John Woo loves doves. Loves them enough that he’ll ram a laughably digital dove down your throat in all of his movies. They’re symbolic, don’t you see?

One unnecessarily flew through a blown-up doorway in Mission: Impossible 2 and might have worn a combat helmet and shouldered an assault rifle in last year’s dreary war film Windtalkers.

But the dove moment in Paycheck, equally fake and unnecessary, made me give up. No longer will I wait with geek-boy giddiness for any more of his Americanized action fests. In an already assembly-line sci-fi mess, this was just a head-shaking capper to an intense fall from grace.

Woo’s grandiose action-as-ballet technique, best shown in his Hong Kong films of the 1980s, has translated well stateside before. M:I2 blended sweat, sex and stunts, and even a B-movie like Broken Arrow was propulsive fun.

He’s even combined sci-fi with action before in the superior guns-blazing Face/Off. But Paycheck is pseudo-ponderous junk with plot holes more gaping than the slack-jawed stare of star Ben Affleck, who forces his own fetish — the Boston Red Sox — as an unnecessary plot point.

Straight from the Revlon makeover, Affleck plays Michael Jennings, a black-market scientist who swipes computer companies’ creations to illegally improve them for competitors. So he and the companies can’t get in trouble, the memories of his work are erased after he’s finished.

He then takes an unprecedented three-year job for Jimmy Rethrick (Aaron Eckhart, all bluster) with the promise of an eight-figure payout at the end. When Michael comes to, he’s been stiffed on the money, left with only a manila envelope full of knick-knacks and grilled by G-men on the work he’s done that “threatens national security.”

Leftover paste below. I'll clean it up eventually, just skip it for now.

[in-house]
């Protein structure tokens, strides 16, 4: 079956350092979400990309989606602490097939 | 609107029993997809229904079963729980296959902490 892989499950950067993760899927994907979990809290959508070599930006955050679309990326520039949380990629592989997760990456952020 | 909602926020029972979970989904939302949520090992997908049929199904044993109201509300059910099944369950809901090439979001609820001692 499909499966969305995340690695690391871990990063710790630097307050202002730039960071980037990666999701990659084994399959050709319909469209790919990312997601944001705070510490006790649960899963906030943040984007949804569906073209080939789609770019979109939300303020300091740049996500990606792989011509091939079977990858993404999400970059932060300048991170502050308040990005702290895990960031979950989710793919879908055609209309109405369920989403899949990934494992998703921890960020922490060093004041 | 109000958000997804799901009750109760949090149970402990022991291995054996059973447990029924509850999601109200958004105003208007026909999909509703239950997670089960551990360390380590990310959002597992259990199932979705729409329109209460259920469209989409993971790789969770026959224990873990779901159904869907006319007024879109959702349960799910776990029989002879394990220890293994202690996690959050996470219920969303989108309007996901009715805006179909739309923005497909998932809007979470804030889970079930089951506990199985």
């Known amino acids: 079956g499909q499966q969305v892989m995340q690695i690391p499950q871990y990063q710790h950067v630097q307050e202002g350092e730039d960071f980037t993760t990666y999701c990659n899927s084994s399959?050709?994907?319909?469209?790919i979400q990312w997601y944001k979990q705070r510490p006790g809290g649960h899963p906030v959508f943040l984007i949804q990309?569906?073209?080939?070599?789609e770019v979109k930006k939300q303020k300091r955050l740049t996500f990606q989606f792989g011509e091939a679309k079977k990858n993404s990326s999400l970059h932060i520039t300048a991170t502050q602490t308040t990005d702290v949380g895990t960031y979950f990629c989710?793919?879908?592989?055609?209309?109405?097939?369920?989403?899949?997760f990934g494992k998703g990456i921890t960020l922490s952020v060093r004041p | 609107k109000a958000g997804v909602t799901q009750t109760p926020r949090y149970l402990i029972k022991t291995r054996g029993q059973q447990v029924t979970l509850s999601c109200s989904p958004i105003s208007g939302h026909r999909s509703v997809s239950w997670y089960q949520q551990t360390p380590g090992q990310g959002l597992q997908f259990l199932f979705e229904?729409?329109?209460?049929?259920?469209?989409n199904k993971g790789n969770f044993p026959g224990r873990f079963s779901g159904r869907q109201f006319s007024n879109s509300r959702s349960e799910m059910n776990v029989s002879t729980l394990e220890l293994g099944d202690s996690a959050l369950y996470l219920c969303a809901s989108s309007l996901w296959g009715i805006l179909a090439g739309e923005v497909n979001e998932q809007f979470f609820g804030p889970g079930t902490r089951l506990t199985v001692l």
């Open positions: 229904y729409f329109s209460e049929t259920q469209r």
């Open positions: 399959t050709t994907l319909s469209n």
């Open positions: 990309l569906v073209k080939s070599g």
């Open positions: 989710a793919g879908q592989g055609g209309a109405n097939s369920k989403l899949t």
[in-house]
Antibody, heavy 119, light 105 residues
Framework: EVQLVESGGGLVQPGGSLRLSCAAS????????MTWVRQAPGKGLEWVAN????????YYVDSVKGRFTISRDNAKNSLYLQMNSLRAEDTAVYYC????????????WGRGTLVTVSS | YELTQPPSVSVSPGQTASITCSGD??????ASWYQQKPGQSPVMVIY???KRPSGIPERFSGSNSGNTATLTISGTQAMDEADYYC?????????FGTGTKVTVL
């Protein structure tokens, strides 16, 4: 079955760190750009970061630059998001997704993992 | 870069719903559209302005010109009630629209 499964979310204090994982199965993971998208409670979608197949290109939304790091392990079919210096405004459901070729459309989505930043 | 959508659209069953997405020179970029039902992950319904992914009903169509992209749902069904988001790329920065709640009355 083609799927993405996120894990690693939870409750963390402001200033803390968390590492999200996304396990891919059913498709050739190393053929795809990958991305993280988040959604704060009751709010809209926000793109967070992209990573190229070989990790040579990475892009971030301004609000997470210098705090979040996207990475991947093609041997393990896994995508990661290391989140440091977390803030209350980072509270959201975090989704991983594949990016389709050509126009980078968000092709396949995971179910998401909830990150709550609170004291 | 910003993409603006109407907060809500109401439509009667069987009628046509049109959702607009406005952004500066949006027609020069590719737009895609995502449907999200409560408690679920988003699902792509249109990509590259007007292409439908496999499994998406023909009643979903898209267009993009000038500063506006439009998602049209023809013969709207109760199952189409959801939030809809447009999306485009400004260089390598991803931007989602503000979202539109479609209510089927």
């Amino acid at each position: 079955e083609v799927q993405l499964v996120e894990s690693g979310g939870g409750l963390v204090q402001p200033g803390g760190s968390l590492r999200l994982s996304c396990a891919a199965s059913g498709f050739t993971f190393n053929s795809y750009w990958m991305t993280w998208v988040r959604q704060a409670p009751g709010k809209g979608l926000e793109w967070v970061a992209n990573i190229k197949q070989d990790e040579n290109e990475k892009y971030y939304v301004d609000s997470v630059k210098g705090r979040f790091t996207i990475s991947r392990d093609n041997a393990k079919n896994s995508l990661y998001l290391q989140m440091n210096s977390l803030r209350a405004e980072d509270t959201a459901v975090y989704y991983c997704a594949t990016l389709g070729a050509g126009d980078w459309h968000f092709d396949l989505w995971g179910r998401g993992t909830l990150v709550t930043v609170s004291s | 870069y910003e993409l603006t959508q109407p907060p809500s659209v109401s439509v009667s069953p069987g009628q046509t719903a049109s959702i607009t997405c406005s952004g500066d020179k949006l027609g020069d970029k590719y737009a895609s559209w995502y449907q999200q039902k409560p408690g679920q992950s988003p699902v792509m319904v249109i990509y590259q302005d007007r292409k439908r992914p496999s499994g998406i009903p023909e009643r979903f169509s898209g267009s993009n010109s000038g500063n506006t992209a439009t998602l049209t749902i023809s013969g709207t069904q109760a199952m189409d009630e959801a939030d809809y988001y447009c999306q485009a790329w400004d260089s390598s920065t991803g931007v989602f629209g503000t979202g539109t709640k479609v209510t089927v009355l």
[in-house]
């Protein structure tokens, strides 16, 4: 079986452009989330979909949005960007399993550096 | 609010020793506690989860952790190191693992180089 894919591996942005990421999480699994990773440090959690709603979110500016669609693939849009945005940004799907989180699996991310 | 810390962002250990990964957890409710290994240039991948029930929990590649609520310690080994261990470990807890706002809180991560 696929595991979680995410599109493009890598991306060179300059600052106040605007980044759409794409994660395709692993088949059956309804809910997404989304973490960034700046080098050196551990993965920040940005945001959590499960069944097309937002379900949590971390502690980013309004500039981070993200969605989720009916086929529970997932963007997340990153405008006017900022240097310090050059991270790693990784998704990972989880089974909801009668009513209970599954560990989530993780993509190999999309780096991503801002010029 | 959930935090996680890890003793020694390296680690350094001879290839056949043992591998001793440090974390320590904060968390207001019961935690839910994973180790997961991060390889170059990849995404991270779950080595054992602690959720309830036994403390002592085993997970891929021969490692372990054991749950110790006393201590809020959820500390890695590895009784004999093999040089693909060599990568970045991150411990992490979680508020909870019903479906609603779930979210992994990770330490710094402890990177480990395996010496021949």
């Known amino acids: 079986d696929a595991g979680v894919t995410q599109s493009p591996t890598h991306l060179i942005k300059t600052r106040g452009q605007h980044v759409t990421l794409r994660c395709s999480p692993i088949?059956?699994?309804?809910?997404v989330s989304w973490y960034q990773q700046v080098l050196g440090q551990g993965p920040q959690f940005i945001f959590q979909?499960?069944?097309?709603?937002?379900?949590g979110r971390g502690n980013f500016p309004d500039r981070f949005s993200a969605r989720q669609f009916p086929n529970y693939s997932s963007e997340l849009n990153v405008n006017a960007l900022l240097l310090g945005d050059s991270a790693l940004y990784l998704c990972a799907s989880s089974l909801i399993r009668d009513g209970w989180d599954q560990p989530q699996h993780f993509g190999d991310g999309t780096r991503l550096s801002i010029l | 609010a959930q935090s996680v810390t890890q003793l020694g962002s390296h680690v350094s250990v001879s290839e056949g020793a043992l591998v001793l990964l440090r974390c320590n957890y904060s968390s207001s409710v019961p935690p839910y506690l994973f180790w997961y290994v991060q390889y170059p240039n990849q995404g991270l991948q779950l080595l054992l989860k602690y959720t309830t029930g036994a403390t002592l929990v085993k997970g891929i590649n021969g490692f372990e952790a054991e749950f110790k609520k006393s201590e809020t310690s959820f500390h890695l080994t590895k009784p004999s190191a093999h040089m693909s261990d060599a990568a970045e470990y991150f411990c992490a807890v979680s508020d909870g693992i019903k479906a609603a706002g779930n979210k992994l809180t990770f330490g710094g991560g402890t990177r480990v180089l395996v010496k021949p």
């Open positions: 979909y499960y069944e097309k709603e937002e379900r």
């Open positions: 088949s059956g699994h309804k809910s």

On the run from both Rethrick’s hatchet men and the FBI, Michael learns the knick-knacks are MacGyver-style lifesavers for situations he’s already foreseen. Along with his girlfriend, Rachel (Uma Thurman), he must stop his own invention from falling into Rethrick’s evil control.

Affleck can be great in the right hands (Changing Lanes) but is confused-looking most other times. Donatello the Teenage Mutant Ninja Turtle looked more convincing swinging his wooden staff around karate-style than Affleck does here with his grunting and grimacing. Between him and buddy Matt Damon in The Bourne Identity, it’s hard to gauge whose kung fu is sillier.

The film’s lone bright acting spots are Thurman, all leading-lady sunshine before sliding into Kill Bill mode, dispatching about five guys while Affleck struggles with one. And comic-relief champion Paul Giamatti shows up briefly before disappearing until the film’s truly inane resolution.

When not aesthetically name-dropping Hitchcock and De Palma, Woo does throw in an exciting, if ludicrous, car-versus-motorcycle chase through a stockyard. But the laboratory climax is just lots of glass breaking and Affleck and Thurman doing the hero leap onto what looks like a giant shower curtain.

Sure, doves might be symbolic for many of the classic struggles in film and literature. But something those doves drop from their business end embodies what Paycheck is really all about.